Family members’ demographic information was based on self-report, including sex, age, relationship with patients, educational background. Patients’ clinical characteristics were collected by research staff, including psychiatric diagnosis according to the International Classification of Diseases and Related Health Problems 10th revision (ICD-10) [28], Global Assessment of Functioning (GAF) scale score at admission [29], treatment response based on the Clinical Global Impression (CGI) scale [30], length of stay (LOS, days), number of psychological treatments, and number of patients who received electroconvulsive therapy (ECT) during the hospitalization. The payment type, total cost, self-pay cost, whether it was their first psychiatric hospitalization, and whether the hospitalization was involuntary were also recorded.

We retrieved each hospital’s data from the Hospital Information System (HIS), including the number of beds, doctors (primarily psychiatrists as these are free-standing psychiatric hospitals), nurses, and psychologists.

Statistical analysis

Descriptive analyses were used to describe the data. The total satisfaction score and subscores were treated as continuous variables. Other variables were treated as categorical variables. Comparisons of total satisfaction scores and subscores were calculated using the Mann-Whitney U test or Kruskal-Wallis test, as appropriate. Associations between family satisfaction scores and the related factors were analyzed using the Spearman’s correlation tests.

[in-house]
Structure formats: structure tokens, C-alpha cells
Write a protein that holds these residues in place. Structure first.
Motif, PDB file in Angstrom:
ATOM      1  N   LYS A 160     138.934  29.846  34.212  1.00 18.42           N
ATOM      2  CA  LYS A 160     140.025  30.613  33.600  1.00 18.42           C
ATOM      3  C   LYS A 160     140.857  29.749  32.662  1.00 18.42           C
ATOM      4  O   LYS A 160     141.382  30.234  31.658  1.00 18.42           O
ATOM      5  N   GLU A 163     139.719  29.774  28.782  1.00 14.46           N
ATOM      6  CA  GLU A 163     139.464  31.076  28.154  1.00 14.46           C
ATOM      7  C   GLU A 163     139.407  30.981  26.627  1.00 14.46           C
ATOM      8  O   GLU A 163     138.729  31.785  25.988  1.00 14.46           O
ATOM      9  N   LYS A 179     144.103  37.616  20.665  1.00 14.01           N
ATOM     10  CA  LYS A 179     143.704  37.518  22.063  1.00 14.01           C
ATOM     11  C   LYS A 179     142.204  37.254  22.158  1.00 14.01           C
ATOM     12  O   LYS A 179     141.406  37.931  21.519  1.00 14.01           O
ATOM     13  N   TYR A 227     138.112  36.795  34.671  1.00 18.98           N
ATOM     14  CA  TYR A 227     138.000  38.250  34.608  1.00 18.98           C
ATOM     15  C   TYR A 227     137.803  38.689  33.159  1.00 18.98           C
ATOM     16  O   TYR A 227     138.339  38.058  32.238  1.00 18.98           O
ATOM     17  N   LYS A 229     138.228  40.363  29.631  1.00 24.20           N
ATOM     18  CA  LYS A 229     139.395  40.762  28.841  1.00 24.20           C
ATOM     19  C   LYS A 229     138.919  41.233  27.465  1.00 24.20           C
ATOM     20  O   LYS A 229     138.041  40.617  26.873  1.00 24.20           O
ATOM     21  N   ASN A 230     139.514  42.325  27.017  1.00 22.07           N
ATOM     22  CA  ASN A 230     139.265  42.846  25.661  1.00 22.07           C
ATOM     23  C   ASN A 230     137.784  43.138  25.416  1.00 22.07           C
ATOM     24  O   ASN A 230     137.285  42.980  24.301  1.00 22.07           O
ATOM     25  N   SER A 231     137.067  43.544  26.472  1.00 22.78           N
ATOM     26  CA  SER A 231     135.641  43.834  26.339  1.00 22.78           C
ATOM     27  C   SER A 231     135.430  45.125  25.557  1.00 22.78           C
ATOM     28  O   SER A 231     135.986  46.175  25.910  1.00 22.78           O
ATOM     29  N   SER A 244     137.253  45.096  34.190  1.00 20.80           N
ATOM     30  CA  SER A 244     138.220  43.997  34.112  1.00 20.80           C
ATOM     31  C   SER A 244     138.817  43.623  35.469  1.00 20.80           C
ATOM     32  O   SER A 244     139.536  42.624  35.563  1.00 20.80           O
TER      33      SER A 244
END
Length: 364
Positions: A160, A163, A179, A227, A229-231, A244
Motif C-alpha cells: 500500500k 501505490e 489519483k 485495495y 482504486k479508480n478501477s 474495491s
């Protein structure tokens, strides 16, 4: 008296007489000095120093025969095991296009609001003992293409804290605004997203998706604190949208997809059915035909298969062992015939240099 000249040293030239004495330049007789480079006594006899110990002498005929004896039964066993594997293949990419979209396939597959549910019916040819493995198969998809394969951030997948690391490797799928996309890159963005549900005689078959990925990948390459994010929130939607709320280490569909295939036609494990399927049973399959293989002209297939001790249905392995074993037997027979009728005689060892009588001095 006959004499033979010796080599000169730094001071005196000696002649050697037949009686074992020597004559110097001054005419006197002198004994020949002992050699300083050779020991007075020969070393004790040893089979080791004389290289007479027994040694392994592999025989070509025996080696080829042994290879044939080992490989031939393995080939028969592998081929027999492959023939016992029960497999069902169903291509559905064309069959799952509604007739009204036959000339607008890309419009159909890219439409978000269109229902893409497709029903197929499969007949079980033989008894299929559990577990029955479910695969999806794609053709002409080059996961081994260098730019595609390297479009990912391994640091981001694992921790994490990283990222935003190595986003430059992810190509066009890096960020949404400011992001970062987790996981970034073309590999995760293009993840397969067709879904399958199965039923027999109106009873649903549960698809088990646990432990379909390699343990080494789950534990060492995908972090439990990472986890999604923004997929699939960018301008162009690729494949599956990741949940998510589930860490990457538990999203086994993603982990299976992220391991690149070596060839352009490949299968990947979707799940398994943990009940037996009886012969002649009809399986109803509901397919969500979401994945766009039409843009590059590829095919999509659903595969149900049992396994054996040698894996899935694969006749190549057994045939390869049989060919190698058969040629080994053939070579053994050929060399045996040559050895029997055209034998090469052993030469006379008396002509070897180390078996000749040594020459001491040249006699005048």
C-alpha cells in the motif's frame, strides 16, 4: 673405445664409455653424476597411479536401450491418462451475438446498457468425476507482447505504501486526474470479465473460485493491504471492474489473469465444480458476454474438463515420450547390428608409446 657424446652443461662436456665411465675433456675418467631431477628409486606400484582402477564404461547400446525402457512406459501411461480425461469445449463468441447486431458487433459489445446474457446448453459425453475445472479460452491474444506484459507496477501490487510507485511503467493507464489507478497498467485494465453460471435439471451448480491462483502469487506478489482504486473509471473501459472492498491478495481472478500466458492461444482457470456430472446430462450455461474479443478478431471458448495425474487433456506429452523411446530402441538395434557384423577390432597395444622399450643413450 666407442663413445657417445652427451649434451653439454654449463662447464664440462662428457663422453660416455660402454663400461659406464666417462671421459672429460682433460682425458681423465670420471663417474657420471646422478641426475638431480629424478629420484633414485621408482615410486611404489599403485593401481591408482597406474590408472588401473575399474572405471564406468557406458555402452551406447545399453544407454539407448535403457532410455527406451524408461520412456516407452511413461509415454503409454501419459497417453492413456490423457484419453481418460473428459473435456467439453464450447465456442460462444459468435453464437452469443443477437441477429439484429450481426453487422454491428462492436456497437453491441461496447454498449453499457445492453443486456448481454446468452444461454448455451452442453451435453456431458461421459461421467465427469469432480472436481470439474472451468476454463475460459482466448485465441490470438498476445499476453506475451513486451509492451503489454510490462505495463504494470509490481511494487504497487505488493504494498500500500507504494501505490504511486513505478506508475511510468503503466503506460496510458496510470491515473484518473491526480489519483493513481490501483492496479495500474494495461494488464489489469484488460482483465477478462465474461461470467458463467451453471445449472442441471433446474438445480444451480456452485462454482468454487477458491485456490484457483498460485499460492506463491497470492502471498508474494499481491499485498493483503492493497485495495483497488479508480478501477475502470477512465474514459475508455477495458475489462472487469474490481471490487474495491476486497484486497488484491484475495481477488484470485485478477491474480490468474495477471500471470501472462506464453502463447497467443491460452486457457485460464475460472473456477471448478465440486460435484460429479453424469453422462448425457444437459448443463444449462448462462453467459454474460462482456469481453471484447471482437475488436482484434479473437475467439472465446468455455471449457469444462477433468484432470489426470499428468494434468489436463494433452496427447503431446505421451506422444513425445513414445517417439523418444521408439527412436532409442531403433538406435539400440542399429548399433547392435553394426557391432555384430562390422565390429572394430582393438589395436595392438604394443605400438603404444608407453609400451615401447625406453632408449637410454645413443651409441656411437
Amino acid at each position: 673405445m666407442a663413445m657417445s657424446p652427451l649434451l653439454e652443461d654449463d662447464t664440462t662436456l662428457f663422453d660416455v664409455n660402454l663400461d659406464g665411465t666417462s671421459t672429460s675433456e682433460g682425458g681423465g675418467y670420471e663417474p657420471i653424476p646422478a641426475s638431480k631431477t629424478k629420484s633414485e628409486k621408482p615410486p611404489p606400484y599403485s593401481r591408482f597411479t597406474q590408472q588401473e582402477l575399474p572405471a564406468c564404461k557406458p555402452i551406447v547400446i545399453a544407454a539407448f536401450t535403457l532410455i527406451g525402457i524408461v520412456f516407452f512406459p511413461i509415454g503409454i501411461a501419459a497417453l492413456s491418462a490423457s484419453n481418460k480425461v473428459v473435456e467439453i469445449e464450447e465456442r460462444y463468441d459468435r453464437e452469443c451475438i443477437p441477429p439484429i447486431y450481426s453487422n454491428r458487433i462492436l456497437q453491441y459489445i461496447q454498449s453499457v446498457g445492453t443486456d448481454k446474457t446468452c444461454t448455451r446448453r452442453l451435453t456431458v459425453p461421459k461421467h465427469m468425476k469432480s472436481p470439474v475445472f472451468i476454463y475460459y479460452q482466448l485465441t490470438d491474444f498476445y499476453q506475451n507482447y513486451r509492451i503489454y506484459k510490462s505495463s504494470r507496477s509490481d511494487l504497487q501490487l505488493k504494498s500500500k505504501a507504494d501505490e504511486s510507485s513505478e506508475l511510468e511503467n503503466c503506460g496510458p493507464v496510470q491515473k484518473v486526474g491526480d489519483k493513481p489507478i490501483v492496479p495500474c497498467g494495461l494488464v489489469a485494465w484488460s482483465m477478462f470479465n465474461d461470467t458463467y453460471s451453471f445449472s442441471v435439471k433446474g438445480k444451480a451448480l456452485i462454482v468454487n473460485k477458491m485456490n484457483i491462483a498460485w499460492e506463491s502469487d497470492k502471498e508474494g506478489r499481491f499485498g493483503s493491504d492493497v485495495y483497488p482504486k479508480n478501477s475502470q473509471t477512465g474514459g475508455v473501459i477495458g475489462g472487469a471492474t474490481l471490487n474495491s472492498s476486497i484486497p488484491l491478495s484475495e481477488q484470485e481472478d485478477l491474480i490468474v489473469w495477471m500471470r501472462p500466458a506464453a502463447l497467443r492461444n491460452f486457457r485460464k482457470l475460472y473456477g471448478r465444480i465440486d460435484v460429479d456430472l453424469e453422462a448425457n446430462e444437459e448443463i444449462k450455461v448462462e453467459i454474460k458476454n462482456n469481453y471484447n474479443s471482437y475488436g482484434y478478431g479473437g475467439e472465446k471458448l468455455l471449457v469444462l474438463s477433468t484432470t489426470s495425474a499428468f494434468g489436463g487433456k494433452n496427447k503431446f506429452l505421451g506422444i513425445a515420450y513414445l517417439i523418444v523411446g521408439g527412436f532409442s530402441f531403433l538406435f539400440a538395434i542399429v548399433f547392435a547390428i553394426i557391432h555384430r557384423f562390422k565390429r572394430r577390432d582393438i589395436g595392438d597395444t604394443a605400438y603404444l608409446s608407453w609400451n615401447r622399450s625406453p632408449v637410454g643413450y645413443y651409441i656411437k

Then, the total satisfaction score was transformed into a binary categorical variable based on the mean score. Cases with a higher score than the mean score were categorized into the satisfied group, and those below the mean were categorized into the dissatisfied group. In this study, as respondents were nested in 32 hospitals, multi-level multiple logistic regression was used to examine the relationship between total satisfaction scores and factors involved in the analysis, which allowed for association across respondents within hospitals [31]. Stata 15 (StataCorpLP, College Station, TX, USA) was used for these statistical analyses. All of the tests were two-sided and the statistical significance was defined as p < 0.05.